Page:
IDF looks on with concern as 'people's army' model faces challenges

The military recognizes that Israeli society is undergoing natural and rapid changes, but it is keen on preserving the model of a people’s army and is worried that this concept is under threat.

February 11, 2014 05:58
2 minute read.
Israel-Lebanon border

An IDF soldier monitors the Israel-Lebanon border.. (photo credit: REUTER/Baz Ratner)


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The IDF was not surprised on Monday when a Knesset committee voted in favor of shortening mandatory military service for men from 36 months to 32, but it is viewing the development with concern.

In the not too distant past, the IDF Manpower Directorate asked the government whether military service could be extended by a number of months.

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The reply by the government – which is interested in freeing up four months of service time to benefit the economy and give ex-soldiers more time to integrate themselves into higher education or the job market – was that in the current reality of Israeli society, not only would this request be rejected, but the army should brace itself for a reduction.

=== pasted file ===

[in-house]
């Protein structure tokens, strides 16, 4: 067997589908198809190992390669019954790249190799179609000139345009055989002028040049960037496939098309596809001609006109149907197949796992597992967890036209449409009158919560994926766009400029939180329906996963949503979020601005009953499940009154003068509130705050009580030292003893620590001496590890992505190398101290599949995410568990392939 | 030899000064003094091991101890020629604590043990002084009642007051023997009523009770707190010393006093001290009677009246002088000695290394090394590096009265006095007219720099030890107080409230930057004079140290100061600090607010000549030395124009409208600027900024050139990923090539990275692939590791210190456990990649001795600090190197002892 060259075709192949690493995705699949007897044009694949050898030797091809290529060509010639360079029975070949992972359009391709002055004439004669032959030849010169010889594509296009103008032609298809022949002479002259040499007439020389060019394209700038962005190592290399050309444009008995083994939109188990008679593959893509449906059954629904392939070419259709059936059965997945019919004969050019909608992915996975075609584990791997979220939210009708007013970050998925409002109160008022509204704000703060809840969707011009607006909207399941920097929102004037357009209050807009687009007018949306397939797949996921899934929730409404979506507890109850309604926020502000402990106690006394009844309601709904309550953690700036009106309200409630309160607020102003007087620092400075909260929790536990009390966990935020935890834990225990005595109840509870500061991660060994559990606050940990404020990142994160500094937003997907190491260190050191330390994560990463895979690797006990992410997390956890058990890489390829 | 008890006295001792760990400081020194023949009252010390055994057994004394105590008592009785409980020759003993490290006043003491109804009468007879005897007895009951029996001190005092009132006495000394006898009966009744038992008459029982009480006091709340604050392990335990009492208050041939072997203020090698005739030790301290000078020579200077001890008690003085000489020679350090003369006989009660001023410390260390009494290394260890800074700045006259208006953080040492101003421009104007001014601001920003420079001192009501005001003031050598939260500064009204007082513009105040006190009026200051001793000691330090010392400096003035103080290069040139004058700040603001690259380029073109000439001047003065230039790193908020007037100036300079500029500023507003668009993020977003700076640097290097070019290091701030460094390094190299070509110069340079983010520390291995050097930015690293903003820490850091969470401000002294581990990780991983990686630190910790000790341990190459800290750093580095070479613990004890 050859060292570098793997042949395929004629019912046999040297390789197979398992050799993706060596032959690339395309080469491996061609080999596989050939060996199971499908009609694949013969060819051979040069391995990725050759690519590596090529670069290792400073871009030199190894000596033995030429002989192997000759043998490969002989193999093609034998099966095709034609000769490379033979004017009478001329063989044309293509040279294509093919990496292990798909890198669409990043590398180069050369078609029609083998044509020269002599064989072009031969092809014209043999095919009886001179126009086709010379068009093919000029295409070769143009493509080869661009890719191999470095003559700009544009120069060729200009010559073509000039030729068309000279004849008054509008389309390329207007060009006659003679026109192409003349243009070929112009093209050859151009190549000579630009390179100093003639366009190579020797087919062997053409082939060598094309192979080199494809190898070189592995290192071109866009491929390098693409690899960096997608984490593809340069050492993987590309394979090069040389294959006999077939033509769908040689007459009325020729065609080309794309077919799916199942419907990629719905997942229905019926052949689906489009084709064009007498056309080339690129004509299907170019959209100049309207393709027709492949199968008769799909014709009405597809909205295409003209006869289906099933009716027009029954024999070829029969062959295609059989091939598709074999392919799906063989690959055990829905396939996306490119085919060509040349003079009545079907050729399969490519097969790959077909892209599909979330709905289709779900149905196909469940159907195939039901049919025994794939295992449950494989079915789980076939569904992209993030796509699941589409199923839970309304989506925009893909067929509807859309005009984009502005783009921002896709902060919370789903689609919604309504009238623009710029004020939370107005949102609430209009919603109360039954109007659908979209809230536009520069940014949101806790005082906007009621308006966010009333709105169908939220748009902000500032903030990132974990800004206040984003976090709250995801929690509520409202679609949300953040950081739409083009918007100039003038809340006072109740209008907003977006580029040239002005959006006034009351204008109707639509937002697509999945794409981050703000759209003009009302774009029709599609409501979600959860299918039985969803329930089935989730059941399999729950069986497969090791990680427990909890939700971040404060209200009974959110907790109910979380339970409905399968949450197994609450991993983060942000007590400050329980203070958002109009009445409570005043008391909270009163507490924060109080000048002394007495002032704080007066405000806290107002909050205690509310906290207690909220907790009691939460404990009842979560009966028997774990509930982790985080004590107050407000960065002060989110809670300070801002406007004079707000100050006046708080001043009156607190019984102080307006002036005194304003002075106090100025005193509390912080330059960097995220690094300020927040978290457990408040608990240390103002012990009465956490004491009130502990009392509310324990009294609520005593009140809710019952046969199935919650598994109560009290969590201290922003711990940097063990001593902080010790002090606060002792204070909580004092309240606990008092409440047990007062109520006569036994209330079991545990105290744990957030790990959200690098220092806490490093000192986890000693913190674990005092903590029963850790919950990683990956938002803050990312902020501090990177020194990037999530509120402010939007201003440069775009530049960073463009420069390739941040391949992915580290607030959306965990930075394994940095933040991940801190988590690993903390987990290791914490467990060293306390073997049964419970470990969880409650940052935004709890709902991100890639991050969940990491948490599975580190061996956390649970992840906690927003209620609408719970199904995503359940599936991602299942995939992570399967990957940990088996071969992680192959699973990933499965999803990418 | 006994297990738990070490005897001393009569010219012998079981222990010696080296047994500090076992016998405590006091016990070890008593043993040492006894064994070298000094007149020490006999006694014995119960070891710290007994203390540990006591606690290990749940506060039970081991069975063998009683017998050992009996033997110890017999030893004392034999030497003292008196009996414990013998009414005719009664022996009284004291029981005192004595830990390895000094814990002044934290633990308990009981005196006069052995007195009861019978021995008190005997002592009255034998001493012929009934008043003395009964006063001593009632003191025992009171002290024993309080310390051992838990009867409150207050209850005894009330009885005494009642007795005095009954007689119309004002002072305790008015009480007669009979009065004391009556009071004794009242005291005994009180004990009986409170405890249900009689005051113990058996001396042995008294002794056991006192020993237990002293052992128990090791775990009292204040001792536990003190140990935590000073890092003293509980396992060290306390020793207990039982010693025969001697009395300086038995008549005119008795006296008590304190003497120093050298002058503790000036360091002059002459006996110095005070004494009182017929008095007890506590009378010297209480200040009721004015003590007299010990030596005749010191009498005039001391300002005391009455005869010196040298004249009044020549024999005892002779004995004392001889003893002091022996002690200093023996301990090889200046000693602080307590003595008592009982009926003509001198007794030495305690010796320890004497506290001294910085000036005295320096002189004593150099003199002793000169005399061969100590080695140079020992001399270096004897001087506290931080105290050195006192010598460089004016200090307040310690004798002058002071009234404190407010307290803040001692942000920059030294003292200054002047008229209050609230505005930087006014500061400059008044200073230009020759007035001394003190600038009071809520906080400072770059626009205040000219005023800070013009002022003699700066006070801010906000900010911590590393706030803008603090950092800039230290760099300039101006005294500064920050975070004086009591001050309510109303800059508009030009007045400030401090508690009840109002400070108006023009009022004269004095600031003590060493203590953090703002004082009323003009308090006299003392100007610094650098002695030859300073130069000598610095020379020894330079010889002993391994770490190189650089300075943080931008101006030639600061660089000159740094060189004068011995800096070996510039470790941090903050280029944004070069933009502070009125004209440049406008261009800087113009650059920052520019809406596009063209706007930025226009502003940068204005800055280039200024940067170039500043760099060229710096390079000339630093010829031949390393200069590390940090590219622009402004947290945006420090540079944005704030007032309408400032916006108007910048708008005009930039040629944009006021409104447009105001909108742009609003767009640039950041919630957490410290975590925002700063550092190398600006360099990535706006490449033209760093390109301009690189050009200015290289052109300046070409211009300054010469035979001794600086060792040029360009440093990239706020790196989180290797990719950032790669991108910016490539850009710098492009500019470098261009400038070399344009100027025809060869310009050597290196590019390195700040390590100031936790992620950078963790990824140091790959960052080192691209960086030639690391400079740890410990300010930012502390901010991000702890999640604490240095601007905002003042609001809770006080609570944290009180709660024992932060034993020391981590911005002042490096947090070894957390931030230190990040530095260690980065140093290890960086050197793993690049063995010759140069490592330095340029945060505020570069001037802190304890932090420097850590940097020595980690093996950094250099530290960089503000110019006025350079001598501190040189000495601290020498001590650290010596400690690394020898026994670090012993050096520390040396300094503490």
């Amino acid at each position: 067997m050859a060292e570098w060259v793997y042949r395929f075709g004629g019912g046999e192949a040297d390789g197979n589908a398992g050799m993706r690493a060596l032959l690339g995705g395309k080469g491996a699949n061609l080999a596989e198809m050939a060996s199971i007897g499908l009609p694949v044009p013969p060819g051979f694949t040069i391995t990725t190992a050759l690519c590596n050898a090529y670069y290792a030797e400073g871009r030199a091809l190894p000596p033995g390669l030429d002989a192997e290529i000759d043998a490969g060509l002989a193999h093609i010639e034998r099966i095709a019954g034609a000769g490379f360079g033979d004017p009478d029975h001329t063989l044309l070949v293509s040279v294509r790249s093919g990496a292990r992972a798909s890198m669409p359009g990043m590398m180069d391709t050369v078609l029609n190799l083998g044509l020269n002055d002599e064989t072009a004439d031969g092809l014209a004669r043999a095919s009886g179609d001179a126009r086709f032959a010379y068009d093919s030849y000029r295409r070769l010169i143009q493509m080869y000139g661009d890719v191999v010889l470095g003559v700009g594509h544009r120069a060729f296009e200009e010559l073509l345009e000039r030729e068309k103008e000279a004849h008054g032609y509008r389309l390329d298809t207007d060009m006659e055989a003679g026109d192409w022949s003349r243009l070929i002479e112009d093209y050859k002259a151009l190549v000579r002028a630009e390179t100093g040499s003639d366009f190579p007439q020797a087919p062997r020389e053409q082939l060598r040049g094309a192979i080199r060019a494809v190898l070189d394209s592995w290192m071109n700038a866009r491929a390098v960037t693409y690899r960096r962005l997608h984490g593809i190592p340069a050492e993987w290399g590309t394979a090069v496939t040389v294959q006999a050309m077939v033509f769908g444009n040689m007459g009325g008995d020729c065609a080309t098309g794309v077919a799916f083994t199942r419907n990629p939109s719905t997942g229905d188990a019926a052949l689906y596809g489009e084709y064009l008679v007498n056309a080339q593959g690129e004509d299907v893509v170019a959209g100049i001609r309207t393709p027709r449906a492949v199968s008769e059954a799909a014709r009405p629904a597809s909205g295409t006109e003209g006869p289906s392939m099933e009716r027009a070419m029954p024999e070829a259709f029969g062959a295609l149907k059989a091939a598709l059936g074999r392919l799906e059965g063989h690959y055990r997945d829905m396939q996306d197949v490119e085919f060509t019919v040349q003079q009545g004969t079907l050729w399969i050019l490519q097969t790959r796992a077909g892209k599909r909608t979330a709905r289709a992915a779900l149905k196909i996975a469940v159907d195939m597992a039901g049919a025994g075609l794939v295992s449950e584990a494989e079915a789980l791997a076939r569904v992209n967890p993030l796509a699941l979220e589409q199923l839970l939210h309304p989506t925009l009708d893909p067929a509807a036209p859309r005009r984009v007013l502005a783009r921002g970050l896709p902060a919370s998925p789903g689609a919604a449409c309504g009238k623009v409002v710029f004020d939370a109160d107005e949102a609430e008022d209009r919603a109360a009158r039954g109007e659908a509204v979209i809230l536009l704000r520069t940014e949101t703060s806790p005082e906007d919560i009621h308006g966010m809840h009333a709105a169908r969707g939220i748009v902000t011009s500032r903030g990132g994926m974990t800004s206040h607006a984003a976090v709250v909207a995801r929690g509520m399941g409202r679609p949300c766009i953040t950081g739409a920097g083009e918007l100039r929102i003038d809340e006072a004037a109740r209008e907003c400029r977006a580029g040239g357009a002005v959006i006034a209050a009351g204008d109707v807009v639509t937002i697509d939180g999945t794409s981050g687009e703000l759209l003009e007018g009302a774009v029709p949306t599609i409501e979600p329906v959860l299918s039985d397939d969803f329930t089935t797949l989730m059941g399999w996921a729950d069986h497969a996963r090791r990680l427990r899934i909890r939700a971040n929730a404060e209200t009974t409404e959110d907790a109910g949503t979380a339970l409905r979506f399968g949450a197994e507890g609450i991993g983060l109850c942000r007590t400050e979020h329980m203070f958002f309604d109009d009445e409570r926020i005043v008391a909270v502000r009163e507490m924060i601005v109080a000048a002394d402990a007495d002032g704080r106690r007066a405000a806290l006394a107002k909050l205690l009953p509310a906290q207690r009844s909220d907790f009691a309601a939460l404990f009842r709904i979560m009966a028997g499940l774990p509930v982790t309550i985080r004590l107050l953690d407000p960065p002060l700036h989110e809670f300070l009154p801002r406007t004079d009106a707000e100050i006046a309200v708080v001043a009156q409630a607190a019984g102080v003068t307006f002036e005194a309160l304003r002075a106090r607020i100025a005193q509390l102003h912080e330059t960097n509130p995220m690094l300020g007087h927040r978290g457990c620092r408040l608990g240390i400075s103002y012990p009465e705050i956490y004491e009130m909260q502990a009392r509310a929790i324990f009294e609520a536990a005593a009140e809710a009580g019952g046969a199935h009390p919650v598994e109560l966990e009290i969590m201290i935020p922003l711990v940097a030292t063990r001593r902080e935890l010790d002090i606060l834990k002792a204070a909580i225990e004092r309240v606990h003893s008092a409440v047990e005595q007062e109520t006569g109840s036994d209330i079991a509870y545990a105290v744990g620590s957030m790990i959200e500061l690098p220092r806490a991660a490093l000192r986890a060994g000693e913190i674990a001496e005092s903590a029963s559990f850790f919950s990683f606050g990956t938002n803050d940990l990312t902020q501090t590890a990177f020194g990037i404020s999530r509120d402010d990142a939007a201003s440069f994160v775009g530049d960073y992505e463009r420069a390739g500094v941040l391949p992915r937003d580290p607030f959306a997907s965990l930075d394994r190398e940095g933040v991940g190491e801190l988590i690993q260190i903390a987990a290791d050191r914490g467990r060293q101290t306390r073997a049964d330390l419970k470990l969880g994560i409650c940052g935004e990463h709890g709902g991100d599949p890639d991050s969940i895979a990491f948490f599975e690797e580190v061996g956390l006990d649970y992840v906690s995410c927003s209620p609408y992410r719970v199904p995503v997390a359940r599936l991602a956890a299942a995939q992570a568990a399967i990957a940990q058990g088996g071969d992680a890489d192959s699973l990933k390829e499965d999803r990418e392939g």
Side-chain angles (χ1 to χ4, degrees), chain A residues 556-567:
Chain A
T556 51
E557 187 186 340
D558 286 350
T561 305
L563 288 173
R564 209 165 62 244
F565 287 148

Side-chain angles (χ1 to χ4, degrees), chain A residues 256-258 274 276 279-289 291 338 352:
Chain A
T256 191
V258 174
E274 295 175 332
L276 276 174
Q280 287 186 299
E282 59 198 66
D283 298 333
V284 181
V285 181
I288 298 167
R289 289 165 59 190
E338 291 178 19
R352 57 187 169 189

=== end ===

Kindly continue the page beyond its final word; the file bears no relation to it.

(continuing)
When viewed in combination with defense budget cuts and the systematic evasion of service by some sectors of society, the concerns among senior ranks of the IDF become more acute. The military recognizes that Israeli society is undergoing natural and rapid changes. But it is keen on preserving the model of a people’s army and is worried that this concept is under threat, with a gradual erosion eventually making the task of defending Israel in a chaotic region extremely challenging.

Next week, the Knesset committee headed by MK Ayelet Shaked (Bayit Yehudi) is to debate a clause in the Equal Sharing of the Burden Bill that proposes extending IDF service for women.

From the perspective of the army, such an extension would be welcome, with the brass favoring an extension of four months, something that could increase the sense of solidarity within units where men and women serve together. In addition, the Personnel Directorate remains troubled by the fact that in 2013, 43 percent of young women evaded military service altogether. Many women cited religious reasons, although a large number of these claims appeared to be dubious.

The IDF sees itself as a lever for creating national solidarity and wishes to preserve this role. In the name of this social cohesion, it also favors drafting haredi men while creating the necessary conditions that would allow them to preserve their way of life while serving.

From the IDF’s perspective, extending the draft and ensuring that the burden is carried by more, rather than fewer, shoulders would prevent a long-term shift toward a professional military – one that would be restricted in resources and personnel, struggling to cope with rapidly emerging, multiple threats.

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